Artificial intelligence-powered algorithms for digital pathology and tissue image analysis are not new, also digital cytology and hematology already have their share of AI algorithms helping pathologists with faster and more accurate diagnoses. But what about parasitology or microbiology? Techcyte has a tool for that as well.
Today my podcast guest is Ben Cahoon, the CEO of Techcyte. Techcyte is a software start-up company that provides AI-powered diagnostic tools for everything smearable: fecal smears, blood smears, cytology, and microbiology smears.
Imaging specimen smears has all the challenges of digital cytology such as correct focusing, and then some more. This is why Techcyte’s pipeline starts with optimizing the sample preparation for imaging through close collaboration with sample prep vendors, who then work with scanner manufacturers to ensure optimal image quality is the starting point. Only then can data for model development be annotated.
Techcyte deep learning models specialize in the detection and classification of different structures such as blood cells, parasite eggs, and bacteria. The annotation process consists of placing bounding boxes around structures of interest to train the initial model followed by accepting or rejecting structures suggested by the preliminary model. This helps the model improve future predictions and in computer vision terminology is known as reinforcement learning. The images of the diagnostic samples are sent for analysis via a web browser and the results can be accessed there as well.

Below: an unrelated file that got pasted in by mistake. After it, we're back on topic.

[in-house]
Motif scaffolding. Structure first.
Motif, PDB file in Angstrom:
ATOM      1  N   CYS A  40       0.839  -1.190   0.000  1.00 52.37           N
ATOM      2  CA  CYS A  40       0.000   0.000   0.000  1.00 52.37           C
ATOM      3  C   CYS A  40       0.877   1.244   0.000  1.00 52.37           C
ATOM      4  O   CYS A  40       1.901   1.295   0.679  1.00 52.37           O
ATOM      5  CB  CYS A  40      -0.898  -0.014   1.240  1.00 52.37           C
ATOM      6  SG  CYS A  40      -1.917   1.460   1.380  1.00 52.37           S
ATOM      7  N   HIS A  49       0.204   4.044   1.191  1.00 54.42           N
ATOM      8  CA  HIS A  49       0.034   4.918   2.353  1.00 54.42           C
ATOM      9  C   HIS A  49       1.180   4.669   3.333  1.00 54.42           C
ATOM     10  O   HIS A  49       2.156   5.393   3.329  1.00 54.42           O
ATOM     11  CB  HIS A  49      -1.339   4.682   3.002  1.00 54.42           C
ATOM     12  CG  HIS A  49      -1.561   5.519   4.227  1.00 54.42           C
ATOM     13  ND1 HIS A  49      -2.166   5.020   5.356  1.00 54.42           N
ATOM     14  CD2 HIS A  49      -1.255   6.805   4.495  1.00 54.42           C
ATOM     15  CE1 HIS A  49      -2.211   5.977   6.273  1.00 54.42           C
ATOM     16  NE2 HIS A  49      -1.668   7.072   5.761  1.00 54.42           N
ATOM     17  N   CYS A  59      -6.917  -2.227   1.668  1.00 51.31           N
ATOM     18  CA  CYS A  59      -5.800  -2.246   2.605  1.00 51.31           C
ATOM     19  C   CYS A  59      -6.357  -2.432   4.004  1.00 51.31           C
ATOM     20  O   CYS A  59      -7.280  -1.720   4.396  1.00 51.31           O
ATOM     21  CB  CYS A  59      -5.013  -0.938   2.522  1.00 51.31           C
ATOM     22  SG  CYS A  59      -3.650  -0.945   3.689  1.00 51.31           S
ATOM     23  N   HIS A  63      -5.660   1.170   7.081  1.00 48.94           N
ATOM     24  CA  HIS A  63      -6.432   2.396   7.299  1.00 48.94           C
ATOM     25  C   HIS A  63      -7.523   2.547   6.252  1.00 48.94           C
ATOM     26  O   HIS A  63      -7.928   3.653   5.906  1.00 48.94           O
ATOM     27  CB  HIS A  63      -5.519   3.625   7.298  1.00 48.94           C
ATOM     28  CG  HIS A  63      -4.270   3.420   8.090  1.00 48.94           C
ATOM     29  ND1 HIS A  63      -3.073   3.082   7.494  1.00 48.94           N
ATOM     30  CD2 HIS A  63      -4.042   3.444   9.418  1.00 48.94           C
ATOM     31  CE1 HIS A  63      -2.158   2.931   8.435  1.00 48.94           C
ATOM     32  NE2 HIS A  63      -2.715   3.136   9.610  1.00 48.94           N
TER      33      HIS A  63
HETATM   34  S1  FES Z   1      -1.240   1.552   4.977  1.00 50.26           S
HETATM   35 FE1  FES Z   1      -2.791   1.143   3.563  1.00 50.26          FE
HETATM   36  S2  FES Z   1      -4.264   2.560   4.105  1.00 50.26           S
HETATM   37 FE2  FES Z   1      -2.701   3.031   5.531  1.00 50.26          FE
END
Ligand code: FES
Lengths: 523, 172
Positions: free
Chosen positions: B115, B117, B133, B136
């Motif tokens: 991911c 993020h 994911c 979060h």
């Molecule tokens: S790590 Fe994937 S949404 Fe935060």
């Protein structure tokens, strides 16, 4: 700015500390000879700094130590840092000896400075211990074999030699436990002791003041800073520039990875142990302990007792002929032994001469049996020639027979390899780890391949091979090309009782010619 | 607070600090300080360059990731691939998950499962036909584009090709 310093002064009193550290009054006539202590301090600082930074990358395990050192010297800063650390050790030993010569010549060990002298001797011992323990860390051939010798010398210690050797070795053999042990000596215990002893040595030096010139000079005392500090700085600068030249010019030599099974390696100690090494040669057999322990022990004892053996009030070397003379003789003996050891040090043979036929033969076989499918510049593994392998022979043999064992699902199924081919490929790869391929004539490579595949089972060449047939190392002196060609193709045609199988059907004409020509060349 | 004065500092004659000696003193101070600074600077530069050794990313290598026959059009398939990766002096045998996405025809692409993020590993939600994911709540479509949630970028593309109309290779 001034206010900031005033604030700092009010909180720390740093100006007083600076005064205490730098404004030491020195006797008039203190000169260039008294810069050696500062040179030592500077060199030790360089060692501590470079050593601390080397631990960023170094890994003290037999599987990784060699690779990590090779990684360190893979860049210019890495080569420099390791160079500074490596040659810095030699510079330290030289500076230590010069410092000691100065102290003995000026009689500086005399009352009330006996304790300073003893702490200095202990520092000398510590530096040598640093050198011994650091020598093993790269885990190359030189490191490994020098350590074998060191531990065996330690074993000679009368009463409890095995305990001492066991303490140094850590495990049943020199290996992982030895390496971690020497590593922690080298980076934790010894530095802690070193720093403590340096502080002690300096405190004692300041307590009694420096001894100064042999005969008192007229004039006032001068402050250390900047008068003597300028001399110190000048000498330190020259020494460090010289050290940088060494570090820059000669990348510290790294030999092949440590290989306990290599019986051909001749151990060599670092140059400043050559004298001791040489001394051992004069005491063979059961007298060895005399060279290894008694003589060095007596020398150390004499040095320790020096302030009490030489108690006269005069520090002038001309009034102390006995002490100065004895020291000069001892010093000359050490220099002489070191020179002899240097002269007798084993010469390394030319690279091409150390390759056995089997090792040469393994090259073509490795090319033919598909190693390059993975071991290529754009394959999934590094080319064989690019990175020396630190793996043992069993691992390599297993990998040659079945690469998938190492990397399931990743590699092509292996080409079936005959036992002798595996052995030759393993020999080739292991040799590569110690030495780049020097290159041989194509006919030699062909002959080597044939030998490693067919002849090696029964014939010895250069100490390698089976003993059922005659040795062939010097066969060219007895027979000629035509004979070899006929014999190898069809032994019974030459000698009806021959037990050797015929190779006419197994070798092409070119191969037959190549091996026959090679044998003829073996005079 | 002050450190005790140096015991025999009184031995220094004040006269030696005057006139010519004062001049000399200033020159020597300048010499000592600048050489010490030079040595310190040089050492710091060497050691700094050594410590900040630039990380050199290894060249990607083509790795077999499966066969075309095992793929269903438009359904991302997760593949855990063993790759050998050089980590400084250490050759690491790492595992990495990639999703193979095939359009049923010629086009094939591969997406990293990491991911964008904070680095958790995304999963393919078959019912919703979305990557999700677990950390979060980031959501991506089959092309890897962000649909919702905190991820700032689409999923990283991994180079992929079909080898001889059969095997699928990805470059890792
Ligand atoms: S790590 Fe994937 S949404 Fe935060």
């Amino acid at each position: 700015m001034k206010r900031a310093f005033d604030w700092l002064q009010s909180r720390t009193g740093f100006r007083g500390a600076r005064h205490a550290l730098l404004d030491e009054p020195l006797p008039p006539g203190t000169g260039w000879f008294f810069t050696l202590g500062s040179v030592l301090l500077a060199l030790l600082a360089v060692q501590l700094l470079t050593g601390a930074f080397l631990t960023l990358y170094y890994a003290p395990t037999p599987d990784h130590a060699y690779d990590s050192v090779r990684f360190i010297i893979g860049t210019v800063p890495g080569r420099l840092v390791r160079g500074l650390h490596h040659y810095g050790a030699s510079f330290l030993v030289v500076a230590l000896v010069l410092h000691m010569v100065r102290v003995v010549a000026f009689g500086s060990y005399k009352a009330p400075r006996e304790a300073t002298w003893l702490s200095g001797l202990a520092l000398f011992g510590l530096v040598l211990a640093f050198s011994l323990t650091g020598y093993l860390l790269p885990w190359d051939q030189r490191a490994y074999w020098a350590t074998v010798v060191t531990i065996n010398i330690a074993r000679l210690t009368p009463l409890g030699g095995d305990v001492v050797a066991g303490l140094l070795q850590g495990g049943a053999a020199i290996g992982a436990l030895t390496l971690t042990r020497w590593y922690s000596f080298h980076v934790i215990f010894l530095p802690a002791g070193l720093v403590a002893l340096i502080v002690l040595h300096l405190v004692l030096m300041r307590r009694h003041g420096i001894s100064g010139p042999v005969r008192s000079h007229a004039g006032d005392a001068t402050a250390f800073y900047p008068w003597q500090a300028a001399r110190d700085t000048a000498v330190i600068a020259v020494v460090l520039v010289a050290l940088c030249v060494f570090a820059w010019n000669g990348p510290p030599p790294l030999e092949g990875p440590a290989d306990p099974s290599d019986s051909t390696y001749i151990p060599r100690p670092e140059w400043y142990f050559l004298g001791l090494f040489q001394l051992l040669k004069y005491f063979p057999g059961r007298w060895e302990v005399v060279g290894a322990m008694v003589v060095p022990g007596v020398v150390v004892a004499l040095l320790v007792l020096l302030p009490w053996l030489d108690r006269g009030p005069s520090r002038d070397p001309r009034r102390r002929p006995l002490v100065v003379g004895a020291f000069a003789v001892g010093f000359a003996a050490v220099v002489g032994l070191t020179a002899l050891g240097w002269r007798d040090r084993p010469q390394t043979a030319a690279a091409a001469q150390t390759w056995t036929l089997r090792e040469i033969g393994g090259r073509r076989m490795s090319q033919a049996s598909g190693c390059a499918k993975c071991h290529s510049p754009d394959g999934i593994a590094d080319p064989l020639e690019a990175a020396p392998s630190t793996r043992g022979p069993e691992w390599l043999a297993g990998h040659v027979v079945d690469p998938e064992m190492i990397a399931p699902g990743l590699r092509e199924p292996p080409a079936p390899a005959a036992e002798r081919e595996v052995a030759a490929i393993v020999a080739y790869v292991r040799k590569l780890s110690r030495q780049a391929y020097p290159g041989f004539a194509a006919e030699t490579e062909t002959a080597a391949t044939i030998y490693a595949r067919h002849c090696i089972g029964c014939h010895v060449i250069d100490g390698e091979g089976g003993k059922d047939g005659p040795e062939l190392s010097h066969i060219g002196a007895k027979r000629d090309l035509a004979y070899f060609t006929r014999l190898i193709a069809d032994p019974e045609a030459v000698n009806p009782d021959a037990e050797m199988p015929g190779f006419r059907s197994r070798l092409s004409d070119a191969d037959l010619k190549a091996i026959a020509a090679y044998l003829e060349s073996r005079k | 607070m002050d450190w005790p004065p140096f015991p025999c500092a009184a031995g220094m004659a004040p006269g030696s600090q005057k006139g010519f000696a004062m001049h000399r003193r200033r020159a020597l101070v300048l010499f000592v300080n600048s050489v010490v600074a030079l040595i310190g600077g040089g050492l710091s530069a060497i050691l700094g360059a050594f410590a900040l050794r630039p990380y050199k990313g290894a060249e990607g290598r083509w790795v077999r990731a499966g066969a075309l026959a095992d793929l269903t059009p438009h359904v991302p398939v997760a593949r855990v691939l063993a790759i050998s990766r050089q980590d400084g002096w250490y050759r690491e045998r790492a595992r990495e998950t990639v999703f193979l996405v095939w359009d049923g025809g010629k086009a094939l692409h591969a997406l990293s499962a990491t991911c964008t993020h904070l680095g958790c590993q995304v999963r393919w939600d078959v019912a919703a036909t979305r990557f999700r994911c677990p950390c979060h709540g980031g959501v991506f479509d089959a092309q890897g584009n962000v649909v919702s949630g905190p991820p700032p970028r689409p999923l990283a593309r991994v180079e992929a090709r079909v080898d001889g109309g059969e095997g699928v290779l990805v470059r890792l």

Techcyte’s mission is to digitize and automate diagnostics through AI in order to minimize the cost of healthcare and the number of diagnostic mistakes. In the process of following their mission, Techcyte perfected the technique of fecal float imaging, which allowed them to penetrate and serve the production and companion animal market. In turn this served as proof of concept and provides a revenue stream that enables the funding of further developments.
Their vision for medical diagnostics consists of five phases:
- phase one is to automate an existing test such as a peripheral blood smear or fecal smear evaluation, to increase efficiency and recall;
- phase two focuses on eliminating/ reducing the need for evaluation of the negative samples, which for example can constitute over 95% of fecal smears;
- phase three would function as a diagnostic support tool presenting a diagnosis to the expert for confirmation;
- phase four would enable the replacement of expensive tests such as flow cytometry with inexpensive image analysis tests
- and in phase five results of expensive and slow tests, for which microscopy is not the gold standard, such as PCR and sequencing could be derived from the image properties. This would eliminate costs and tremendously decrease the diagnostic turn-around time.
Reaching phase one will improve patient care significantly. Reaching phase five will revolutionize it.